Chi
    (from Politically Incorrect)

  10. Jimmy A. Cura says:

    Villar Of the Poor and For the Poor

    The demonization of Manny Villar at all costs appears to be the main campaign strategy of the Noynoy Aquino camp. Destroy Villar and you ensure Aquino’s victory.

    Noynoy, of course, is quick to deny that he knows or has anything to do with the black propaganda emanating from his camp, particularly when the public reacts negatively to the black prop. The strategy seems to be to let Noynoy deny he ever said anything derogatory (to preserve his carefully manicured lily-white image) and leave it to his publicists and wreckers to do the wrecking, demonizing, and character assassination.

    These character assassins and reputation wreckers have not spared the Villar family’s personal history. They have dug into old documents that bear witness to the family’s early struggles. With heavily yellow-tinted glasses, they have read their own interpretation into the documents and foisted on the public – ex cathedra – their own version of Manny Villar’s early years.

    Many readers and observers are beginning to ask: Is there nothing sacred anymore when it comes to the character and persona of a fellow human being and his family, let alone a competitor for elective office? Is everything fair game in the name of electoral victory?

    This Aquino strategy of “destroy-and-win” has been let loose on Villar and his family with unrelenting viciousness. Nothwithstanding this, those who have known Manny Villar up close and personal remain steadfast in their knowledge of who the man really is and what he has accomplished in his life.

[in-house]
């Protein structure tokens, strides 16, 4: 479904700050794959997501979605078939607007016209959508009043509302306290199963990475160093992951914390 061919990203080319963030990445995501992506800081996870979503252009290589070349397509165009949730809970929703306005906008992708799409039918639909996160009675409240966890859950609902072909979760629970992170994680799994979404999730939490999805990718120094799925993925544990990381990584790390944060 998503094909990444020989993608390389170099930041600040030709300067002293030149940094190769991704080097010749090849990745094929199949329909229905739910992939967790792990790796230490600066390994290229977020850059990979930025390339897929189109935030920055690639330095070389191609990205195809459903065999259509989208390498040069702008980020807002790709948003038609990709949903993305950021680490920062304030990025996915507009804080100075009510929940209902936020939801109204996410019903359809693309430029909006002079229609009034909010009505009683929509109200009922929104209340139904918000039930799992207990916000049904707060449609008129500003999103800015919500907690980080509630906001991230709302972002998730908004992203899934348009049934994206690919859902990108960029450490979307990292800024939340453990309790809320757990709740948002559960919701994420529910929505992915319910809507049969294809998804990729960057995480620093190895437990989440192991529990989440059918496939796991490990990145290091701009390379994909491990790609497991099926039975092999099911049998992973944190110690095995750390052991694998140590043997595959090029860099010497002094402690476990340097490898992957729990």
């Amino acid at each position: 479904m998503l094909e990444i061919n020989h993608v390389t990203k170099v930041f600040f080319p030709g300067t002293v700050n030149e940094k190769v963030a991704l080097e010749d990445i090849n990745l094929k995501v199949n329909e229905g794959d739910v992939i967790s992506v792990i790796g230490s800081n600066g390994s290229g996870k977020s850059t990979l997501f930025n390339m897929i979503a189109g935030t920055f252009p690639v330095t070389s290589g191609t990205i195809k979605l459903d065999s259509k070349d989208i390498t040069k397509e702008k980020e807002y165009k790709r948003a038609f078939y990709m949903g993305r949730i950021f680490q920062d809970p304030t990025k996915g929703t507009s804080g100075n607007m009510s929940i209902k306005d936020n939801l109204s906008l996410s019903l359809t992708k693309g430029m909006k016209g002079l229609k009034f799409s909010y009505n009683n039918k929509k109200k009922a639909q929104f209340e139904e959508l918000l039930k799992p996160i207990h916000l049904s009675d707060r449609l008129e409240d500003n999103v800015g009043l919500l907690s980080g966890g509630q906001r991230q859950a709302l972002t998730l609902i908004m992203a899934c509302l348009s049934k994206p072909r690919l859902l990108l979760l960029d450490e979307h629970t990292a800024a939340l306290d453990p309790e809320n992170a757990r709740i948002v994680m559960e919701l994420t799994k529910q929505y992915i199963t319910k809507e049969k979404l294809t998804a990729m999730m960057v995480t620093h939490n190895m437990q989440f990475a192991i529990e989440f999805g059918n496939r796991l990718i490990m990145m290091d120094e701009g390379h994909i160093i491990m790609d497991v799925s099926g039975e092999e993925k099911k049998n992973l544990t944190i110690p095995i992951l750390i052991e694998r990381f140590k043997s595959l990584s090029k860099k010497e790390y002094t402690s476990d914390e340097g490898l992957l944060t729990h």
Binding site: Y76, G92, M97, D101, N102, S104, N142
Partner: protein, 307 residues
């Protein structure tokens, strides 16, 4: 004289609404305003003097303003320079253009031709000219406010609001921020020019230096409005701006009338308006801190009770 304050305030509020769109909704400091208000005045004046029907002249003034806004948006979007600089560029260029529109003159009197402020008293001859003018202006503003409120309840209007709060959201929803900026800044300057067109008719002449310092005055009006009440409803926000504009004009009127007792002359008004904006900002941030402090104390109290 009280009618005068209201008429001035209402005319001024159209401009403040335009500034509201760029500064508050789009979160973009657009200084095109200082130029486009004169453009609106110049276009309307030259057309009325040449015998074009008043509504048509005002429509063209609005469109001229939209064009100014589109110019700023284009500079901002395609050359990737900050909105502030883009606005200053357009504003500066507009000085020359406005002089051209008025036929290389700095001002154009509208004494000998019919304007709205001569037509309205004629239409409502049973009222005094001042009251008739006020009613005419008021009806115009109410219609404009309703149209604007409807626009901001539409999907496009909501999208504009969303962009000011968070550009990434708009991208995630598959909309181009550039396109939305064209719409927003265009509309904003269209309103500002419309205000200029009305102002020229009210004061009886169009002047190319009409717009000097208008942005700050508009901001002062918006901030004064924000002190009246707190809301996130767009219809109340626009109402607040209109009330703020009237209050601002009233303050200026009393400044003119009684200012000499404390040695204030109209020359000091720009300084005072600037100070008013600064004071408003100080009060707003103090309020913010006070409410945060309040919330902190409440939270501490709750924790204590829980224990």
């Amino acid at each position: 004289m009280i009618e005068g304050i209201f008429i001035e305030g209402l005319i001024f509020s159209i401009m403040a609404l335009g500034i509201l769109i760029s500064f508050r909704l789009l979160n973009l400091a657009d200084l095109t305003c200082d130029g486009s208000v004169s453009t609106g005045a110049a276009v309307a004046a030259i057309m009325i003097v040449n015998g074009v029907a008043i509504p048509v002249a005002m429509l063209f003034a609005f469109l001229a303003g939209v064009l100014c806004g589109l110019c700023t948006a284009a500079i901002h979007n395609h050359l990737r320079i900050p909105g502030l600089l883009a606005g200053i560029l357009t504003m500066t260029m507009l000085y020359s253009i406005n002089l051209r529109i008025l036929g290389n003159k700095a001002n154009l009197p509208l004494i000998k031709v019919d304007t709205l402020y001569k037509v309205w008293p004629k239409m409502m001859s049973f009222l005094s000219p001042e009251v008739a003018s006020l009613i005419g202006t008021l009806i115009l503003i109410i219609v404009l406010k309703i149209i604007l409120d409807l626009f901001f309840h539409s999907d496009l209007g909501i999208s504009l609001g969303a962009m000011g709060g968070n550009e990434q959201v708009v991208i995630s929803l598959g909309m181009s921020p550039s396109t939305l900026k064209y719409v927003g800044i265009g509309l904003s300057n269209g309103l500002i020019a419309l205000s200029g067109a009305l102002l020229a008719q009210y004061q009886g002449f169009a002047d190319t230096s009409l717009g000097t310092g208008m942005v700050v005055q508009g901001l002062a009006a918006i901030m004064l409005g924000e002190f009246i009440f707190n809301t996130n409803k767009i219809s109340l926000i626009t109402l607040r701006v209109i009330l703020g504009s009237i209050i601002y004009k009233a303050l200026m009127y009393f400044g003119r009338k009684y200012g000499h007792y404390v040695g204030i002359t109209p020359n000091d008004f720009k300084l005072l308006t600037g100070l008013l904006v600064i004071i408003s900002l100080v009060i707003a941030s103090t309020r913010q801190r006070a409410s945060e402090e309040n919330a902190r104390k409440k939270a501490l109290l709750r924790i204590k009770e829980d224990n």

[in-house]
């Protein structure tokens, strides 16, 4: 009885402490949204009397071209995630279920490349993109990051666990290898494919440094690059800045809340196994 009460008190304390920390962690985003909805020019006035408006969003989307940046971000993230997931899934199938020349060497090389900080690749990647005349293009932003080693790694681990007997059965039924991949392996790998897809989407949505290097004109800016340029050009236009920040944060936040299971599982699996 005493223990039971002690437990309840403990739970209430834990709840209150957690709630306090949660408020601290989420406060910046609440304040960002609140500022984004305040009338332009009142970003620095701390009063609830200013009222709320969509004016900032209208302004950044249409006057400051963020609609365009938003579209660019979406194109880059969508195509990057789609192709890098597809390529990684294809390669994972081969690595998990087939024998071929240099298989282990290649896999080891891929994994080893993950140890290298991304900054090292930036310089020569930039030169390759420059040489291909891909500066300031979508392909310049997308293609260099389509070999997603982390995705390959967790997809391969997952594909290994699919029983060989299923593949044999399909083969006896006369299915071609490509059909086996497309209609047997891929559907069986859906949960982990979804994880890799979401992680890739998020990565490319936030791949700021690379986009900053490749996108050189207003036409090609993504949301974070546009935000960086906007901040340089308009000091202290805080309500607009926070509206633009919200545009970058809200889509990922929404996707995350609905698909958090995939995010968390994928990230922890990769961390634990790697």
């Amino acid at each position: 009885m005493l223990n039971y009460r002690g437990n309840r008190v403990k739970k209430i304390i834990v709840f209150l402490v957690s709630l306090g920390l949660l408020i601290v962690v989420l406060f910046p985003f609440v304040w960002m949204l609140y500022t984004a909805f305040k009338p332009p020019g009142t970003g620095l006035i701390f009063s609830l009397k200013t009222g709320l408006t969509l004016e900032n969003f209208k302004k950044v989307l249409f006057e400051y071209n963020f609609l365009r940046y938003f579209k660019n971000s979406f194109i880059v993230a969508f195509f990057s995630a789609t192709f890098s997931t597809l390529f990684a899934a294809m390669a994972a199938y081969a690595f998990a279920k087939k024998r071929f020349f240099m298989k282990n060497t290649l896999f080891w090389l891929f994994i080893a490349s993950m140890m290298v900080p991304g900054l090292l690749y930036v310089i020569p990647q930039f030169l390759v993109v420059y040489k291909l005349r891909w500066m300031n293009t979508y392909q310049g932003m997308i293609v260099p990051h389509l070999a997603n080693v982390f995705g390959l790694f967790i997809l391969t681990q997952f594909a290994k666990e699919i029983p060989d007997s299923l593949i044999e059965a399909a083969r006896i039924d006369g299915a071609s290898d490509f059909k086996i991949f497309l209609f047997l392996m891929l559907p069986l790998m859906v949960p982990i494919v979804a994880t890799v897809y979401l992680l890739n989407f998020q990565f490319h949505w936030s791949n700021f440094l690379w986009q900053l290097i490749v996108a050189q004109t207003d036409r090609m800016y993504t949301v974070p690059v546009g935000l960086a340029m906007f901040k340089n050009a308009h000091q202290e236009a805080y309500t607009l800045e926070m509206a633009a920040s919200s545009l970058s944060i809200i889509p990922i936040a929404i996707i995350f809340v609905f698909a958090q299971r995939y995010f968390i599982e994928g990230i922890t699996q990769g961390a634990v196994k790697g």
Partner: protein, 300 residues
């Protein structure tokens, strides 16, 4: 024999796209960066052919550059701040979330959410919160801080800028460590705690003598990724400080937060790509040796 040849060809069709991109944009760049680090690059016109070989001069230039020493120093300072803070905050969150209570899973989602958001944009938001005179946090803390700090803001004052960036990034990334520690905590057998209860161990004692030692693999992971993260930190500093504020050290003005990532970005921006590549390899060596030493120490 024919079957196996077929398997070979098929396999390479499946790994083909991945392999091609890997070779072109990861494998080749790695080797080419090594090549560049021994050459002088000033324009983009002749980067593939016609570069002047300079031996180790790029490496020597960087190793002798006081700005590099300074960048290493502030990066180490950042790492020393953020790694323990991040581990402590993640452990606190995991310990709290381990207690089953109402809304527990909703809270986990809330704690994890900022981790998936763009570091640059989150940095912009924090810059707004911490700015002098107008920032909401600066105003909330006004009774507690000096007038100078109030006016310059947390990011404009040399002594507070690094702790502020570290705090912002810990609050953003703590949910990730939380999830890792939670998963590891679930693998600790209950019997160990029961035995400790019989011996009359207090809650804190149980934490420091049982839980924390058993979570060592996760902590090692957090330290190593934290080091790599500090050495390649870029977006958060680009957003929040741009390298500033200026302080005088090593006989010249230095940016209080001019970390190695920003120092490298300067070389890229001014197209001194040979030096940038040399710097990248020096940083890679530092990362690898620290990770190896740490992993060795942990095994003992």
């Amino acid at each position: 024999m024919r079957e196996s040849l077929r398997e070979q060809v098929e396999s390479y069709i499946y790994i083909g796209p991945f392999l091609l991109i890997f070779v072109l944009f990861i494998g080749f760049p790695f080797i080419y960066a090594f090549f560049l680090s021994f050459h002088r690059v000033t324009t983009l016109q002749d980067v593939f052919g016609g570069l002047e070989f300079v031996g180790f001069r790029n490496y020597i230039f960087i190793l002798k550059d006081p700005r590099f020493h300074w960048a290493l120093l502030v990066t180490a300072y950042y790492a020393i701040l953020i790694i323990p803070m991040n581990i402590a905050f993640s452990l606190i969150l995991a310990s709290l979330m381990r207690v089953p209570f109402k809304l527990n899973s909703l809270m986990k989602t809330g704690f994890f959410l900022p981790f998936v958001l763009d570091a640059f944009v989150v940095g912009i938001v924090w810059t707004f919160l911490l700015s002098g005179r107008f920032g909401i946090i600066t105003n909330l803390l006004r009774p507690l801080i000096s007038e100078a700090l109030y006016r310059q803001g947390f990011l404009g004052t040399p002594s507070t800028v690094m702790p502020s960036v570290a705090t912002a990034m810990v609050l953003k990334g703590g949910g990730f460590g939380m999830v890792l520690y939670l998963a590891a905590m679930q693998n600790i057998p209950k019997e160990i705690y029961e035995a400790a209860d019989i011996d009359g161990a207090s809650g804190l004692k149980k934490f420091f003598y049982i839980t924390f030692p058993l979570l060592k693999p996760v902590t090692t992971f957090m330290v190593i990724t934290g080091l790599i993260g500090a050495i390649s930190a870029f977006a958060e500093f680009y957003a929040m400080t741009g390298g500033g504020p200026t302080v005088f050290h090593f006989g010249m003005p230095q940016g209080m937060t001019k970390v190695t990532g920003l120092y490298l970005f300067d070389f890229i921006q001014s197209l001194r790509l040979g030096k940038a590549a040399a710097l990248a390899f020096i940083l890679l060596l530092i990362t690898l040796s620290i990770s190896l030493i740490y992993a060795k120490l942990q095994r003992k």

1. Manny Villar was not born wealthy or even middle-class as Noynoy Aquino, Gibo Teodoro, Erap Estrada, Dick Gordon, Nick Perlas, JC de los Reyes, and Jamby Madrigal were.

    Most of these presidential aspirants were literally born with a silver spoon in their mouths and led lifestyles associated with the wealthy and the privileged from their very childhood. Nothwithstanding their rhetorical claims, the experiences of the poor are alien to their own life experiences.

    Not so Manny Villar.

    Sure, his family was not dirt-poor. But they were certainly poor. They lived in a small, cramped and rented house. His mother had to wake up very early in the morning for her buy-and-sell fish business in the public market. Eldest son Manny had to accompany her and help out. They had to do it so that they could help support a growing family. Manny’s father was a government employee. He did his part as paterfamilias on his minimum wage as civil servant. But it wasn’t enough to support his family. His wife had to help out. Everyone in the family had to help out.

    That is what most Filipino families who do not belong to the middle and upper class have to do in order to get along in life. Many of us who come from this socio-economic class know the struggles that need to be made in order to survive and beat the many odds.

    Many of us can relate to Manny Villar’s experience and claims.

    Have we experienced a member of the family getting very seriously ill when we were completely broke (walang-wala) and still tried to get the best medical treatment we could arrange, let the chips fall where they may (pikit-mata at bahala na; basta hahanap ng remedyo!?

    Yes, we have. We had to beg and make promises, humble ourselves and mortgage part of our future, if necessary. It was the only thing we could do for our loved one. Survival demanded it. No ifs and buts. Sometimes, we pulled through; other times, we didn’t. C’est la vie!

    This is the essential message of Manny Villar’s story. And we can relate to it and find nothing false or contrived about it. This is the ordinary life of the poor and underprivileged in our country. For many, it is sometimes worse.